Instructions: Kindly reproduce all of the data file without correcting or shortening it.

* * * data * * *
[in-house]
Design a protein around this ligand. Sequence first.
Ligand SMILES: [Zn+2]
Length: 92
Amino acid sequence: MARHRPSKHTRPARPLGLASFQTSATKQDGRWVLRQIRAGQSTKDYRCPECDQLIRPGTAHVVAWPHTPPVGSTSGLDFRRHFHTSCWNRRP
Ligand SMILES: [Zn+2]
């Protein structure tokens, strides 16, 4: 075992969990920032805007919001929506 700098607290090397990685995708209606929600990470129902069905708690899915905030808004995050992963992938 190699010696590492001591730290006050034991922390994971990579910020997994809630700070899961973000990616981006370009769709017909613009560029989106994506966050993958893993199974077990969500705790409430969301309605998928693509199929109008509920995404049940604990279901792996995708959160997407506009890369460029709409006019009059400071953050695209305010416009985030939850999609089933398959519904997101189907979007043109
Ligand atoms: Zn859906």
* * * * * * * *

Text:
[in-house]
Design a protein around this ligand. Sequence first.
Ligand SMILES: [Zn+2]
Length: 92
Amino acid sequence: MARHRPSKHTRPARPLGLASFQTSATKQDGRWVLRQIRAGQSTKDYRCPECDQLIRPGTAHVVAWPHTPPVGSTSGLDFRRHFHTSCWNRRP
Ligand SMILES: [Zn+2]
């Protein structure tokens, strides 16, 4: 075992969990920032805007919001929506 700098607290090397990685995708209606929600990470129902069905708690899915905030808004995050992963992938 190699010696590492001591730290006050034991922390994971990579910020997994809630700070899961973000990616981006370009769709017909613009560029989106994506966050993958893993199974077990969500705790409430969301309605998928693509199929109008509920995404049940604990279901792996995708959160997407506009890369460029709409006019009059400071953050695209305010416009985030939850999609089933398959519904997101189907979007043109
Ligand atoms: Zn859906």